Have you ever gone to a bank or a financial planner looking for advice, and did you come away with a new RRSP, debt consolidation loan, or home equity line of credit instead?
In Sandi’s banker past, she had a client list of over 6000 individuals, families, and small businesses. Those customers were coming to the bank for service and advice, while the bank thought they were coming in to buy something.
Banks and commission-based financial advisors and planners are in the business of selling, not servicing. Do you think management would have been happy if after a client appointment Sandi’s report was “Mrs. Somebody has reduced the amount she spends in service fees, got help building her household budget, made a plan to pay down her debt within the next three years, and switched her investments to low-cost index funds, but she didn’t sign up for (yet another) credit card”?
Professional financial planners should be compensated for their knowledge, experience, and advice, not for the products they sell you, and a planner who charges a flat fee to discuss your goals, analyze your current situation, build a plan to get you where you want to be, and is compensated only by you is a “fee only” or “advice only” or “fee for service” financial planner.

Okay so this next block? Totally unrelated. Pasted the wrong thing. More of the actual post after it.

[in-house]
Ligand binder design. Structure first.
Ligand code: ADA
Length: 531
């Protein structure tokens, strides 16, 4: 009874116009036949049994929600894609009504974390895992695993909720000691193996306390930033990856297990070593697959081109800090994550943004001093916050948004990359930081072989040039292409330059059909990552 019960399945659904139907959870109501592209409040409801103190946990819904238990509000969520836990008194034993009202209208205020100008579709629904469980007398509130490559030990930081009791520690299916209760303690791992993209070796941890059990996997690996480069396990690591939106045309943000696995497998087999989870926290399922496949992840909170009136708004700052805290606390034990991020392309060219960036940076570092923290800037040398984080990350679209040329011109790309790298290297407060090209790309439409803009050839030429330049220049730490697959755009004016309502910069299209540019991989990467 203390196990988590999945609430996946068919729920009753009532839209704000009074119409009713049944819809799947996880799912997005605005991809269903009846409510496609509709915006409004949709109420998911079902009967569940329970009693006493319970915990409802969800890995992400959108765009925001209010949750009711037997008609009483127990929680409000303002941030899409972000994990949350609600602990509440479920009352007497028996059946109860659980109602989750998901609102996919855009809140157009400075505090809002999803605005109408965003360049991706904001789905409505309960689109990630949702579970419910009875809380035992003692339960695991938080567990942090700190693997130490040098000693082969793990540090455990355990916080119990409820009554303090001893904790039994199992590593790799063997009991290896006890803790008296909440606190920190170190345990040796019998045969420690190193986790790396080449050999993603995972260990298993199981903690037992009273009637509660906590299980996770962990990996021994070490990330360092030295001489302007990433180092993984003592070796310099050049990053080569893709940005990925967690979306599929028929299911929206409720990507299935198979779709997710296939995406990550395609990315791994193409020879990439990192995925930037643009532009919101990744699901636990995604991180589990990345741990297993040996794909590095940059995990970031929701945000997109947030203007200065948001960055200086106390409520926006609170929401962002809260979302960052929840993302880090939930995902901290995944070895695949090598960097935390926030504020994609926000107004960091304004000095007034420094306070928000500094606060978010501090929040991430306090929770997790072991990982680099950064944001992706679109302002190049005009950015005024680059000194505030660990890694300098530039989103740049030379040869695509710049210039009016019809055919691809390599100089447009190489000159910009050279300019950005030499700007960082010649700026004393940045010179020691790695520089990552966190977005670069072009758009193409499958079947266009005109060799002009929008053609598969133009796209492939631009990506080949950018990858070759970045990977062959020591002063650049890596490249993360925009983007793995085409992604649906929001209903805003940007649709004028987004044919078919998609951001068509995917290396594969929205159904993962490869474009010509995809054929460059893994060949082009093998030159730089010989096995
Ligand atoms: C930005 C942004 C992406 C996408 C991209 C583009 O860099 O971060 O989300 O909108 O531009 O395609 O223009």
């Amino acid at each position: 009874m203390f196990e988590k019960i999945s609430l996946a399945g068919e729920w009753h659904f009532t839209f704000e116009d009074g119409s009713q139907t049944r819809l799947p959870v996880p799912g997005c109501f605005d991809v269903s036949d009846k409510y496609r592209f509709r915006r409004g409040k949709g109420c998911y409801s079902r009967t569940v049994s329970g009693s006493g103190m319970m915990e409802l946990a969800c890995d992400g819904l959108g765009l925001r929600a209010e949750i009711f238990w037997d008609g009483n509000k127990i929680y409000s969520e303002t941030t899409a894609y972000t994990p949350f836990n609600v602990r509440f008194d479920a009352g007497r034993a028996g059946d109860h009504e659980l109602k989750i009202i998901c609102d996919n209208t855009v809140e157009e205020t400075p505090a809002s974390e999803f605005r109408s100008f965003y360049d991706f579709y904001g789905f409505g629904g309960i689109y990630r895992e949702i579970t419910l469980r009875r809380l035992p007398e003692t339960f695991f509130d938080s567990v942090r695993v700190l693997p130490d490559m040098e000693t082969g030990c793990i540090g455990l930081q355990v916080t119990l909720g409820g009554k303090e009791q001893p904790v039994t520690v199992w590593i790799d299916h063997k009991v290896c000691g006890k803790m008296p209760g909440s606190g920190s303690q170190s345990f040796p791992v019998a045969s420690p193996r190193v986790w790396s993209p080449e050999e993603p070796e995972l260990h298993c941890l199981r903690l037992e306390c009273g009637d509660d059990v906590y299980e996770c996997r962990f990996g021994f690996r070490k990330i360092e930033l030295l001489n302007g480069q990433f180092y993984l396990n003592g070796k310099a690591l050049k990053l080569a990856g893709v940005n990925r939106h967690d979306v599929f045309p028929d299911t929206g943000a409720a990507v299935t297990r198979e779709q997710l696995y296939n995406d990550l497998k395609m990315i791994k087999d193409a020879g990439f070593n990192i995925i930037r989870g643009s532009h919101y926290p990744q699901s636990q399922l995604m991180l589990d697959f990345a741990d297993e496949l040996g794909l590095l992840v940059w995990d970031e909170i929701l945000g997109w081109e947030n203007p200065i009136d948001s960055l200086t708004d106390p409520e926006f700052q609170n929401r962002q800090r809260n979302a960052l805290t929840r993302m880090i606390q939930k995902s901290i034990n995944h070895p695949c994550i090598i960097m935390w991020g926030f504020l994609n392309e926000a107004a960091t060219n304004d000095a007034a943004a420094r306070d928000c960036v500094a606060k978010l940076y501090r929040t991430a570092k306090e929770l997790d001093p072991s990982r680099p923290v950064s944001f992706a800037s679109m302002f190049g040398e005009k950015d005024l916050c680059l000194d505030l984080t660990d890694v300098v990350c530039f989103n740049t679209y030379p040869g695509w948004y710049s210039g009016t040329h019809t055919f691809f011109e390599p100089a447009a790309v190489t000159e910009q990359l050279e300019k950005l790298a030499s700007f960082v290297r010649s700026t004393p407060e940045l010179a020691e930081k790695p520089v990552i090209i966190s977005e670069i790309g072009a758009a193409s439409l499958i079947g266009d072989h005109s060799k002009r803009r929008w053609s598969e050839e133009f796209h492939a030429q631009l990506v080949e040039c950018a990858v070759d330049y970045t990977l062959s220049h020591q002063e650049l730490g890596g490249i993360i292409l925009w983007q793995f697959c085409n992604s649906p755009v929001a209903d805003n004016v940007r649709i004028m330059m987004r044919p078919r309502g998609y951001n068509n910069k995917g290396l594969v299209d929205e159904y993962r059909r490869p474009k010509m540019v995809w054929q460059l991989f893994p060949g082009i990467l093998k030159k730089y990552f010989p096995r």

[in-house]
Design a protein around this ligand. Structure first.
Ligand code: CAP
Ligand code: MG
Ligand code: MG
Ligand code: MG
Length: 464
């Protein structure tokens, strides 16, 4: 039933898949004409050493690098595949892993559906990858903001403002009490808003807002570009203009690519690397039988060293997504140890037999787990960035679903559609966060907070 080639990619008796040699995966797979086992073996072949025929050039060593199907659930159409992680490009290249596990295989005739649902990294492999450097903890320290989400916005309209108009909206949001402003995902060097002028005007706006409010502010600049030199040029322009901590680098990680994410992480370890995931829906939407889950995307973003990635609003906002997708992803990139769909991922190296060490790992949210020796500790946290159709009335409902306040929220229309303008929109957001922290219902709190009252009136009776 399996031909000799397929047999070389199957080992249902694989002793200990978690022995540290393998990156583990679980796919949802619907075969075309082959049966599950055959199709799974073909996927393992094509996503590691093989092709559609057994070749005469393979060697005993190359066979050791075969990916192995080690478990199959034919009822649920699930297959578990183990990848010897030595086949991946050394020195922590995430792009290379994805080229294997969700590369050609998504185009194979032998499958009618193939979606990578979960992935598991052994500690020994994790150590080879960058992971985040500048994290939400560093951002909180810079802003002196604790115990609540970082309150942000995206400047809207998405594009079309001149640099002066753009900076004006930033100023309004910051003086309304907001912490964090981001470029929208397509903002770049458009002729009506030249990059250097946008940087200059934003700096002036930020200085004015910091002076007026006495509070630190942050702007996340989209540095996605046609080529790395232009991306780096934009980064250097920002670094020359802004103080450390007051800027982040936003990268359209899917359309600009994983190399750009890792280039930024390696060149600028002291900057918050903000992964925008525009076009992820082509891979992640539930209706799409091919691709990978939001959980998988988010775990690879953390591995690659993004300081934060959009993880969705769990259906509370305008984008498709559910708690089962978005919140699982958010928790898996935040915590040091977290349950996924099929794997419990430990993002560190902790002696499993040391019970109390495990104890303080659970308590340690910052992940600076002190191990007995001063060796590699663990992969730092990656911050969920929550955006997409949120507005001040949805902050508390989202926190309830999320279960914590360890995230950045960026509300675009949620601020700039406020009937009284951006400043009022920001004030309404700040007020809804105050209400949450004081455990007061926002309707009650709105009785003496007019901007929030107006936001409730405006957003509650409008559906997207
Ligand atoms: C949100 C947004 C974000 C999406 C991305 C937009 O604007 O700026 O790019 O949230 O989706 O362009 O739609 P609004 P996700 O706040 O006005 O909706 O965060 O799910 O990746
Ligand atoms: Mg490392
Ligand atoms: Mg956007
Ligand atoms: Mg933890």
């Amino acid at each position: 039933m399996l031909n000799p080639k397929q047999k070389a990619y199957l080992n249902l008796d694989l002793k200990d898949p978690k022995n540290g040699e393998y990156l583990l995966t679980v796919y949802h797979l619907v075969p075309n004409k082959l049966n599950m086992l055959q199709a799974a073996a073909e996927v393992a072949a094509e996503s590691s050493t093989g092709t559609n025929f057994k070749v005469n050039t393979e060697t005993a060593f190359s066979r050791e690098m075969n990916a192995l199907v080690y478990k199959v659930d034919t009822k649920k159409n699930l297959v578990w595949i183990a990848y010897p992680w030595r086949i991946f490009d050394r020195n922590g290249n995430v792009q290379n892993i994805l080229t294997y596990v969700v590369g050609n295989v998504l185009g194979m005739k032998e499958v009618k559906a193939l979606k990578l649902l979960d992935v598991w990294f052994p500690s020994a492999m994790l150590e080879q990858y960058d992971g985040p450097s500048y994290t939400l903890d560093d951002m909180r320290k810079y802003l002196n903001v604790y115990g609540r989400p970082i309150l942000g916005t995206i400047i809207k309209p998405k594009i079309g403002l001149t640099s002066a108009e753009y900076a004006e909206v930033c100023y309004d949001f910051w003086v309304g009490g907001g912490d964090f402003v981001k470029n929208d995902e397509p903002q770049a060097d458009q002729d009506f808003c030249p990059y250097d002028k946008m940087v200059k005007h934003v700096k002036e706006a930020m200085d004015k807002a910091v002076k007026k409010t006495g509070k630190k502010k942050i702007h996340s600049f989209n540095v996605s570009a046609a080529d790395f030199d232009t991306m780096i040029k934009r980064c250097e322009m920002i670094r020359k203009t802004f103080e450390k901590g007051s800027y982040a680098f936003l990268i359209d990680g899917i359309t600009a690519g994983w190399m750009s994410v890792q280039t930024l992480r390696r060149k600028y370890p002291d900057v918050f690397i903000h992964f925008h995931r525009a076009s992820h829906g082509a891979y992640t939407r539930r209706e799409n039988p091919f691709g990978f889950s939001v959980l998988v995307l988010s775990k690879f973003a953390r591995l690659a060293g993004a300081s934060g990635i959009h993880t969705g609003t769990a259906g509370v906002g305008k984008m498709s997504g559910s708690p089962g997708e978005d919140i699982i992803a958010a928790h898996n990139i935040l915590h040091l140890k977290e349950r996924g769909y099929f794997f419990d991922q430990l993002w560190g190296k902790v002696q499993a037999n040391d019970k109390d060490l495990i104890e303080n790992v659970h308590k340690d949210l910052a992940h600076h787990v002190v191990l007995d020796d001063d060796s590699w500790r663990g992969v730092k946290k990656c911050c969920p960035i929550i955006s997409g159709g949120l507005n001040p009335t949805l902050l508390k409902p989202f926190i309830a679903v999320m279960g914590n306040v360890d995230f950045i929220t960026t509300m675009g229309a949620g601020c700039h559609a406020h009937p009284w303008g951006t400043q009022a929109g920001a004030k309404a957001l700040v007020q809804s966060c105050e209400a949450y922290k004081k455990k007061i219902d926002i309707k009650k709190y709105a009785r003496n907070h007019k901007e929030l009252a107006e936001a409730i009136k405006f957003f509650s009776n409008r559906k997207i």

Anyone offering “free” financial planning and who also conveniently sells insurance and investments is compensated by the investment or insurance company when they sell those products to you.
These people are – on balance – honest, smart, helpful people who really do want to help you. But if the only way they are compensated or can please their manager is if you purchase something from them, can the advice they’re giving you be completely free?
As you’d expect, we’ve written quite a lot on the topic of fee only and advice only financial planning: